After an intervention from the United States the threat of execution was withdrawn and Ghezali was taken into U.S. custody. When questioned about the prison uprising at the press conference following his release Ghezali denied having any knowledge of or participation in the prison uprising.
On 4 July 2006, Ghezali made his first public appearance since his release at a demonstration held outside the U.S. Embassy in Stockholm, Sweden. Ghezali and approximately 60 others called for the closure of the Guantanamo Bay facility. Ghezali, who declined to answer any questions from reporters, and the other demonstrators also appeared in support of Oussama Kassir, the Swedish citizen at the time being held in the Czech Republic for alleged involvement with al-Qaeda.
Ghezali is reported to have dropped his suit against the US government. According to The Muslim News: “The Swede eventually found a [U.S.] firm willing to take the case on, but it dropped out shortly before the deadline for bringing a case expired.”
2009 arrest and release in Pakistan
On 10 September 2009, the Swedish television programme Rapport reported that Ghezali was among a group of twelve foreign citizens who had been arrested one week earlier in the Dera Ghazi Khan District in Punjab, Pakistan, on suspicions of having ties to al-Qaeda. Pakistani security officials reported the 12 men were captured on 28 August 2009.
Among the twelve arrested men, three (including Ghezali) were Swedish, seven were Turkish, one was Russian and another one was an Iranian citizen. According to the Pakistani police chief Mohammad Rizwan, the individuals were arrested when they were trying to sneak into the Punjab province through a checkpoint. A
ccording to Rizwan, the police had found CDs, exchange money and literature which all indicated links to terrorist activity. Following their arrest, Ghezali and the two other Swedish citizens were moved to Islamabad. Rizwan described Ghezali as “a very dangerous man”.
Ghezali’s attorney, Anton Strand response to the news that Ghezali was reported to have been captured was: “Yes, I’m surprised by it. One should remember that Ghezali has traveled in that region previously and he has an interest in the region. He is religious and has friends and contacts.”
Swedish newspaper, The Local quoted Gösta Hultén, the author of a book on Ghezali, who said that Ghezali’s father believed he was on a religious pilgrimage to Saudi Arabia. He reported that Ghezali had called from Saudi Arabia “a few days ago” — which would be about a week after Pakistani authorities reported the ten men were captured.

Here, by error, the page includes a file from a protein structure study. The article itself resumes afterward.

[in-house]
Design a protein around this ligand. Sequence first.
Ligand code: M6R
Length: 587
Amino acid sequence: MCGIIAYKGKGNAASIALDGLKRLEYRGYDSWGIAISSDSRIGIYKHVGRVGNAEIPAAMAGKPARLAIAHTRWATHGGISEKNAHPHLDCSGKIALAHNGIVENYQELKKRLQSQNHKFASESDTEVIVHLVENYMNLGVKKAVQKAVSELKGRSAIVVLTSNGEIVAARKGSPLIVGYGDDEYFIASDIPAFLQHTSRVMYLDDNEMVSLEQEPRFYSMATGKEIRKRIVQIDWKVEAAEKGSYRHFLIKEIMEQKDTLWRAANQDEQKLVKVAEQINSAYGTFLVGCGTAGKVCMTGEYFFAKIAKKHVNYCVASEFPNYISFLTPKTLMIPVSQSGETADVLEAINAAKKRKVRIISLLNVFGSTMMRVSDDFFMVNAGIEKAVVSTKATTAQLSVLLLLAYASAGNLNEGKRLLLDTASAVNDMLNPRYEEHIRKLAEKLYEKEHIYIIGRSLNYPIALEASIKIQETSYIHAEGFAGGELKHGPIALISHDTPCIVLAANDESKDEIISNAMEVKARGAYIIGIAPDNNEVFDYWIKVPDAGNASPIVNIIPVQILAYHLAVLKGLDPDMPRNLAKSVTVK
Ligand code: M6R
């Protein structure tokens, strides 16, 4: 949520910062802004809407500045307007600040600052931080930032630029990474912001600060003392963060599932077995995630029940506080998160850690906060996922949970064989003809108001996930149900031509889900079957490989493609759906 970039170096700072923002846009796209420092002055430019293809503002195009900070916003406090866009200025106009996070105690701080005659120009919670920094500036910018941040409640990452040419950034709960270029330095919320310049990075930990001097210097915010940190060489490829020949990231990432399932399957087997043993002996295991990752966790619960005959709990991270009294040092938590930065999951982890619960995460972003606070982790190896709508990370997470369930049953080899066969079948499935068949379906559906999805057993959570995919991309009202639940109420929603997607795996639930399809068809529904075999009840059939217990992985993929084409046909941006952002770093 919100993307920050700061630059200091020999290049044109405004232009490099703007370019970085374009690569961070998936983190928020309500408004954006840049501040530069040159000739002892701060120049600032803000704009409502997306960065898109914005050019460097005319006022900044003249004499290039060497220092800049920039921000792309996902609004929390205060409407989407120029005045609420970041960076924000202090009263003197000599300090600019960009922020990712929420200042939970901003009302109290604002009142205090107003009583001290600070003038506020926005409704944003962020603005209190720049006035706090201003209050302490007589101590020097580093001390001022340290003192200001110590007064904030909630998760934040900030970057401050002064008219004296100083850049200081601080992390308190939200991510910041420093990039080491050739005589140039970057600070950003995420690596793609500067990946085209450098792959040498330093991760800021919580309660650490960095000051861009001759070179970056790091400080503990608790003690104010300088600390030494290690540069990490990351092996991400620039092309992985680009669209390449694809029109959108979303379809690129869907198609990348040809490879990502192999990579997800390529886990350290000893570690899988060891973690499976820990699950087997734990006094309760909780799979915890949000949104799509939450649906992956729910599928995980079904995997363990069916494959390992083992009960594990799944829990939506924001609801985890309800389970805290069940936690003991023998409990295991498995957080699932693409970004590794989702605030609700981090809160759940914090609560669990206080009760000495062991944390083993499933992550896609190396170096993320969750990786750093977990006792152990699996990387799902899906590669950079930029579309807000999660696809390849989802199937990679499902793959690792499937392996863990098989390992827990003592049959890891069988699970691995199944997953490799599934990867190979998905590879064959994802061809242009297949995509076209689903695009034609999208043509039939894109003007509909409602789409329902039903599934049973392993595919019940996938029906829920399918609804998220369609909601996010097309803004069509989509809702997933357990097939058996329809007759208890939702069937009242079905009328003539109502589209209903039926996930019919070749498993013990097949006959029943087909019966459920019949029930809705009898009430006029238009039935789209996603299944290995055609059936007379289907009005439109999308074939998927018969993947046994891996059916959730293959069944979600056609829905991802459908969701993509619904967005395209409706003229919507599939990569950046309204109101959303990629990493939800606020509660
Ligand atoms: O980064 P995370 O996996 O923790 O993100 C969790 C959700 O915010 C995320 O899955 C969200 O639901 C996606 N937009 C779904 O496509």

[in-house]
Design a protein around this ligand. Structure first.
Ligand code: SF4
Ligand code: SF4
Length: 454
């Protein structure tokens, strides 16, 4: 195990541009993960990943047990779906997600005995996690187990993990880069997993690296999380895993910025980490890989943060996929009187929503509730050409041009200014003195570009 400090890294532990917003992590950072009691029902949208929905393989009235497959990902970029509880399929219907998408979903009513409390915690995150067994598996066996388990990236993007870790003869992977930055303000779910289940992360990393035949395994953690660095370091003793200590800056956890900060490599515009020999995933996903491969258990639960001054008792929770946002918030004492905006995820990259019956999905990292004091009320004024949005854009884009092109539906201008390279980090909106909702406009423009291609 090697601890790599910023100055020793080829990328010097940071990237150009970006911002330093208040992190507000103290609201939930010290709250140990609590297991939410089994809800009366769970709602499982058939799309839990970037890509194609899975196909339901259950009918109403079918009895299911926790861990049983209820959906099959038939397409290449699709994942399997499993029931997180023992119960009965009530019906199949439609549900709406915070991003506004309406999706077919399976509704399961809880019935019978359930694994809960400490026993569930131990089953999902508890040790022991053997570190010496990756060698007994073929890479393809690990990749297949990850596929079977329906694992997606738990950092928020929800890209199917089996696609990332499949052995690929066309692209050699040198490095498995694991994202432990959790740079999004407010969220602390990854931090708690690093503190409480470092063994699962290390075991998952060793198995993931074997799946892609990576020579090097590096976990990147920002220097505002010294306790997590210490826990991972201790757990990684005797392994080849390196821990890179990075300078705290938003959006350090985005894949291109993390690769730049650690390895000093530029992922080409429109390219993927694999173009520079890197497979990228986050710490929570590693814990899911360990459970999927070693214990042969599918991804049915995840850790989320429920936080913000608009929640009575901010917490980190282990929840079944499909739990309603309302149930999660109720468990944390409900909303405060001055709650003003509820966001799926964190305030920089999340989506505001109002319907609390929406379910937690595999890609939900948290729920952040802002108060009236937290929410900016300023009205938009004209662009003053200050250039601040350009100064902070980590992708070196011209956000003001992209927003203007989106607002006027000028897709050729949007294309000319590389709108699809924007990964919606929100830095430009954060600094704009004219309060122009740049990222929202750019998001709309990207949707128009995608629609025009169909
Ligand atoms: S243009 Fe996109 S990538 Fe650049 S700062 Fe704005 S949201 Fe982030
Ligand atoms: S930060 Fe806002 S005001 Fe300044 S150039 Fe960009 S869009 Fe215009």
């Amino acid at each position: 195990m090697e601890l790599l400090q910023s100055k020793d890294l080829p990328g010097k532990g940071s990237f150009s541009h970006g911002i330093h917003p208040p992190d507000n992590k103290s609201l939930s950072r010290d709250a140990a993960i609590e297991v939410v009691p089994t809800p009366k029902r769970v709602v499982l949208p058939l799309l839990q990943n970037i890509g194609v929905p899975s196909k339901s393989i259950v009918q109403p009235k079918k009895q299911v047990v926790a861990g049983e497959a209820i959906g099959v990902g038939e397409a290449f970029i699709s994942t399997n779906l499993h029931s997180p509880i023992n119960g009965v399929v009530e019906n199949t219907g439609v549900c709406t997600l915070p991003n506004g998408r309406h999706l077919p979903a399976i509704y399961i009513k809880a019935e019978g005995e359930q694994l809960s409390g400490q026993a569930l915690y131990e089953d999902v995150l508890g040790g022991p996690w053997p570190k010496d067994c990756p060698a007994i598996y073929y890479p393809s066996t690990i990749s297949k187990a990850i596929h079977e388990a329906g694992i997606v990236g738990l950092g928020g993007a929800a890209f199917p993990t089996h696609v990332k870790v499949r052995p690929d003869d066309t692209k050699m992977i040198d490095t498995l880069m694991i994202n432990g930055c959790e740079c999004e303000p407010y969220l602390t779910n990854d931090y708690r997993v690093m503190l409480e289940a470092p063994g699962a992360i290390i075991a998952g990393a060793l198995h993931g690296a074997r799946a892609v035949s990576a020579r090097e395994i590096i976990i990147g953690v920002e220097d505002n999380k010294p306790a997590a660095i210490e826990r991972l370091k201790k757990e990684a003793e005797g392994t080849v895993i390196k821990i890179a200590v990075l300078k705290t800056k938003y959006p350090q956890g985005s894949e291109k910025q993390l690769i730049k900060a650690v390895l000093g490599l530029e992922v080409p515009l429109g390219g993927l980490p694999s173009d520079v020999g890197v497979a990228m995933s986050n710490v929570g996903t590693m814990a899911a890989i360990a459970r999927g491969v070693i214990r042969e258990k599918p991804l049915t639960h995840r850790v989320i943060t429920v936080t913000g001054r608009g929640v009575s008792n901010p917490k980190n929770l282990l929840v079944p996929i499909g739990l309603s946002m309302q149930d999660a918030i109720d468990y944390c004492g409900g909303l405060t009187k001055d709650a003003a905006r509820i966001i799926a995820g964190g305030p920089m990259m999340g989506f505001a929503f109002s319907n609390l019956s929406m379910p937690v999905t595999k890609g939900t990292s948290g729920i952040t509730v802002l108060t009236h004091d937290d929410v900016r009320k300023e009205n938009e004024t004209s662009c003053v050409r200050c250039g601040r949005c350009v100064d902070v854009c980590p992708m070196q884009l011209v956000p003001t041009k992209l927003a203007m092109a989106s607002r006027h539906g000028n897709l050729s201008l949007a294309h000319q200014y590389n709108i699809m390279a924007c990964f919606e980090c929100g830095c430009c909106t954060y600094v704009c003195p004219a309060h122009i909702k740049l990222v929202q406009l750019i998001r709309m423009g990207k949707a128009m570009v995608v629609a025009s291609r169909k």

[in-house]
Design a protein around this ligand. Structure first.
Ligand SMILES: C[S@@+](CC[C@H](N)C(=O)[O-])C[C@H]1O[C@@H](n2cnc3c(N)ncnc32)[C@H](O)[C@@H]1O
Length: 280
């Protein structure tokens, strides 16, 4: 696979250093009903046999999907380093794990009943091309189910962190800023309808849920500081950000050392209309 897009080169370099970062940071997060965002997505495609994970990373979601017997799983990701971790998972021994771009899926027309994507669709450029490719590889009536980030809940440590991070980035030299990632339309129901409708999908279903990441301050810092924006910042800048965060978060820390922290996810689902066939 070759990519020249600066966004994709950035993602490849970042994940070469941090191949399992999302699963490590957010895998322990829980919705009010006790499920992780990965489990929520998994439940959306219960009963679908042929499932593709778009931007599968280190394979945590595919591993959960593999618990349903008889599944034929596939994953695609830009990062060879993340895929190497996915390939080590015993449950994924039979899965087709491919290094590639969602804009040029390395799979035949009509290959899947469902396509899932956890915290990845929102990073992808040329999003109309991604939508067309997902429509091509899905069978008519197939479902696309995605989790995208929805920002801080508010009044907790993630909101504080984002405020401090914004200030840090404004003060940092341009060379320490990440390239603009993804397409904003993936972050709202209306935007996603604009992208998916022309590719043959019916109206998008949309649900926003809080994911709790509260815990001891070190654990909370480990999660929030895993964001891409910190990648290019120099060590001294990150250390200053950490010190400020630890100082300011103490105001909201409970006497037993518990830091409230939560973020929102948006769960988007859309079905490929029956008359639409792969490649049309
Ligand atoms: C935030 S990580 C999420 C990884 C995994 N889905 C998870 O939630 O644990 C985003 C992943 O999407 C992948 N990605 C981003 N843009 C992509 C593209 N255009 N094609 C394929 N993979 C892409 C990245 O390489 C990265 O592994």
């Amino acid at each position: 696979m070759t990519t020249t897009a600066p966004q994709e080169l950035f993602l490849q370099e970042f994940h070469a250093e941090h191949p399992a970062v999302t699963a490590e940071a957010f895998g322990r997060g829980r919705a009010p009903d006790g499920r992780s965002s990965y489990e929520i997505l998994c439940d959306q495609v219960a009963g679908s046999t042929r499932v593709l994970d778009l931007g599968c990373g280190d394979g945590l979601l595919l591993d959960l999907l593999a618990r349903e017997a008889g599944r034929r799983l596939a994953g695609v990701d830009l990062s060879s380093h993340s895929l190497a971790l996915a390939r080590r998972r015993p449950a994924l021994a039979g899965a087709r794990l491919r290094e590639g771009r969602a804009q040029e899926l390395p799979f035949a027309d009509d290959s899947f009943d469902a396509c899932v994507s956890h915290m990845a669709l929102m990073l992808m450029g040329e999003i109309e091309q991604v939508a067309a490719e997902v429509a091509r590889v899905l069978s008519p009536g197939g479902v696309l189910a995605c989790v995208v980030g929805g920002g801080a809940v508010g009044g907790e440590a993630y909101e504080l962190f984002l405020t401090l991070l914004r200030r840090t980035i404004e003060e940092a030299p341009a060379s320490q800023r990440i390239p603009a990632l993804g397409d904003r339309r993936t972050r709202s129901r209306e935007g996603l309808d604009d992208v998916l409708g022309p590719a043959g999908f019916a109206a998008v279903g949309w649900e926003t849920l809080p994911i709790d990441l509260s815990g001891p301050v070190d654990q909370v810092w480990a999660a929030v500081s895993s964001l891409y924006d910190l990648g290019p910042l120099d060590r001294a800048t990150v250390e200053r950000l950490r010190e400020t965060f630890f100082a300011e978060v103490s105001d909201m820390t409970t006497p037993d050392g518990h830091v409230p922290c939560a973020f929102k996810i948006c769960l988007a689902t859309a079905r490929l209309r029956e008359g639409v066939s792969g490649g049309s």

According to Hultén: “The father is very upset about the allegations that Mehdi has ties to Al-Qaeda. He has already been cleared from those suspicions once.”
On 16 September 2009 two of Ghezali’s traveling companions were identified. He was reported to have been captured with “28-year-old Munir Awad and 19-year-old Safia Benaouda, and their two and a half-year-old boy.” The most recent allegations state the four Swedes were traveling to Miranshah in Waziristan, to meet Zahir Noor, alleged to be a Taliban leader. Ghezali is reported to have explained that the group were traveling to Lahore to participate in what Swedish newspaper The Local described as “a harmless meeting with a Muslim revivalist movement, Tablighi Jamaat.”
The Swedes were released on 10 October 2009. They were placed on a plane to Sweden at 800 GMT. Rehman Malik Pakistan’s Minister of the Interior had told Swedish diplomats on 6 October 2009 that he would be receiving a formal report on the Swedes on 7 October 2009, and that he would make a decision about their continued detention at that point. Swedish paper The Local reported one additional anonymous allegation, that the group “were found in a prohibited area near a nuclear power facility.”
As of the time of their release Swedish officials had still not received a formal report from Pakistan explaining why the four were detained.
During a 23 November 2009 press conference Ghezali’s lawyers offered more details of the trip. The asserted that Ghezali and his companions had made a last minute decision, during a tour of middle eastern countries, to alter their plans to include Pakistan in their itinerary. They were told by their tour coordinator that the visas for travel within Pakistan could be arranged upon their arrival.
His lawyers expressed concern that Swedish intelligence officials continued to keep Ghezali under surveillance. They expressed concern that the press speculation that his travel to Pakistan had been inspired by support for jihadism was unfair and unsupported by any evidence.